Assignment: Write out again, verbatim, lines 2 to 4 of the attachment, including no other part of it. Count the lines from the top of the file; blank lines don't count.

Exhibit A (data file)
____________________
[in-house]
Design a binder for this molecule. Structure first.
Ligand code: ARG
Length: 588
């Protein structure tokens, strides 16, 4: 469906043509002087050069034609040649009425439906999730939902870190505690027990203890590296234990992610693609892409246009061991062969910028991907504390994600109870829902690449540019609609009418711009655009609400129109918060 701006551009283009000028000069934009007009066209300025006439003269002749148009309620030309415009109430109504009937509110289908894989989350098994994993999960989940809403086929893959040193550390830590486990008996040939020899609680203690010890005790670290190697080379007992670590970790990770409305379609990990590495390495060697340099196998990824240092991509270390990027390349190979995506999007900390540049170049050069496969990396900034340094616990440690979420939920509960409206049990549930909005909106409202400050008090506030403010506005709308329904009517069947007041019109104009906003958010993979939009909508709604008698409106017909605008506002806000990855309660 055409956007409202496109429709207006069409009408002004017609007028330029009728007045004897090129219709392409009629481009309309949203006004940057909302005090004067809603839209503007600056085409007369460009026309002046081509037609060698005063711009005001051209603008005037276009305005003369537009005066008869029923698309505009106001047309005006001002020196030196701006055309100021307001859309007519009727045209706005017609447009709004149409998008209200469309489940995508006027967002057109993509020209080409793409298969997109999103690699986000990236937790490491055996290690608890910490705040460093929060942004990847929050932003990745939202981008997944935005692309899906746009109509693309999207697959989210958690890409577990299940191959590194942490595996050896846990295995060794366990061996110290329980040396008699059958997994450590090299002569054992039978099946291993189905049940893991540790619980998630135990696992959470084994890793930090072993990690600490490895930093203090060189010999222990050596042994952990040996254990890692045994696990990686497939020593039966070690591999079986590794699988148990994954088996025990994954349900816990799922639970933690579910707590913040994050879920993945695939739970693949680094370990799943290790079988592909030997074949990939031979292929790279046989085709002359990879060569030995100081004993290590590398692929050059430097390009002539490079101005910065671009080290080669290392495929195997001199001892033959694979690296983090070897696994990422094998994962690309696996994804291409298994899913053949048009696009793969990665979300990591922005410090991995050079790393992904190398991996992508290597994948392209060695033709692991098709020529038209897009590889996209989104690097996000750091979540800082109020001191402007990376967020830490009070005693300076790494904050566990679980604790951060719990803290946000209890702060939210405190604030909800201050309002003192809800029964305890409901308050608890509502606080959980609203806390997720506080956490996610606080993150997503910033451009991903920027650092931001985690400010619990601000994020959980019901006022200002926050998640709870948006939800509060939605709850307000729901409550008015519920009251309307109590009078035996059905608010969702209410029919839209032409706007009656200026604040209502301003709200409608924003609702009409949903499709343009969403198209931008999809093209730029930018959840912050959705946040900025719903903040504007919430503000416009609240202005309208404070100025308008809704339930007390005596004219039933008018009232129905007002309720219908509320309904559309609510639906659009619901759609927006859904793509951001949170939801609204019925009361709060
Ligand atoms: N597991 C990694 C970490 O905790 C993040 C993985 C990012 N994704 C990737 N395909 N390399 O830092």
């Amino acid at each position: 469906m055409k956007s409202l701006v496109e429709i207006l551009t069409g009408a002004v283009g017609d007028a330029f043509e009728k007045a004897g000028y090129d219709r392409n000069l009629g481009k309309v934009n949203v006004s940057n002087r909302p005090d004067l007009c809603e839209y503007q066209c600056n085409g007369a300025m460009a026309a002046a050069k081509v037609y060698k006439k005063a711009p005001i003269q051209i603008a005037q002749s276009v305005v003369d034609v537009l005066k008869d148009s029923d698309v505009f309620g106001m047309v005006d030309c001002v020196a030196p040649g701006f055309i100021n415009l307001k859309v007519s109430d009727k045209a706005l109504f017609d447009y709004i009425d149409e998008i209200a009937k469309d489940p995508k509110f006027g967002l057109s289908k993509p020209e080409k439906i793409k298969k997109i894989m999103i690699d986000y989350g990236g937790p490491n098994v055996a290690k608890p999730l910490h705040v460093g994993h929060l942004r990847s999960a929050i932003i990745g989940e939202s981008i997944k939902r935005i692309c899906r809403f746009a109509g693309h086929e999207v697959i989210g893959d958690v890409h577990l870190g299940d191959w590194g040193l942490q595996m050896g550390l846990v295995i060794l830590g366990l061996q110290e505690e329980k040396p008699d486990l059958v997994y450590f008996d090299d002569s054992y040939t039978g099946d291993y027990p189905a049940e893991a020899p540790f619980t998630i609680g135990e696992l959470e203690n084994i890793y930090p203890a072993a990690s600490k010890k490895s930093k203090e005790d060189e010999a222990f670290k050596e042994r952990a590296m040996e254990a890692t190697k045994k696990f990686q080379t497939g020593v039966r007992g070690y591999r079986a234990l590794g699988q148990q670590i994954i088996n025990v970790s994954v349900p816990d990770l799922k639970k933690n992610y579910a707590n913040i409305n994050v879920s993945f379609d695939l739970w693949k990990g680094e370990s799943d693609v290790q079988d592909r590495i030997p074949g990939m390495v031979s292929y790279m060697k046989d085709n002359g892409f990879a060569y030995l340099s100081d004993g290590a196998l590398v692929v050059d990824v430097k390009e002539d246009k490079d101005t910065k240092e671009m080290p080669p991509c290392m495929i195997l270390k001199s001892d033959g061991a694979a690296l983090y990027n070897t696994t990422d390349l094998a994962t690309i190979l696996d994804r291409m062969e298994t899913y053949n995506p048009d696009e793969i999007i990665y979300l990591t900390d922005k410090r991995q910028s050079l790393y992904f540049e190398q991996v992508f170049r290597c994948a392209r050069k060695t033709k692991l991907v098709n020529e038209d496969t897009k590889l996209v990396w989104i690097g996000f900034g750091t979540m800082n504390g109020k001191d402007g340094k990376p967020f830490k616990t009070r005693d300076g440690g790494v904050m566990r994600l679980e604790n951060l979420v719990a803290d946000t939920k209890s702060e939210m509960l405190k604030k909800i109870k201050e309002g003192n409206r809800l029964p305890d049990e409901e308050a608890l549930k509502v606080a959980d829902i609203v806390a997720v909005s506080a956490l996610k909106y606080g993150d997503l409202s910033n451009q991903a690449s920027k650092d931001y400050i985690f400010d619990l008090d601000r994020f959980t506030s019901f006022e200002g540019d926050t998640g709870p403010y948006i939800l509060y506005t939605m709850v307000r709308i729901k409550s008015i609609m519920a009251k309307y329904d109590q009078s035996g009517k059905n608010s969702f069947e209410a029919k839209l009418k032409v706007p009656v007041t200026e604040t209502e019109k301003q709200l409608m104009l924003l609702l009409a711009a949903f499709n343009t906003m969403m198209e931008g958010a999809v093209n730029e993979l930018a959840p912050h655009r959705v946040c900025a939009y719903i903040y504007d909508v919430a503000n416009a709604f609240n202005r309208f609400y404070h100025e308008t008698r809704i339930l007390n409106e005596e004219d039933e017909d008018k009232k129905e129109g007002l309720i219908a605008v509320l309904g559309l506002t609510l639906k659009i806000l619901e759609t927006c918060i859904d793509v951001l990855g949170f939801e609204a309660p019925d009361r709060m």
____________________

Design a binder for this molecule. Structure first.
Ligand code: ARG
Length: 588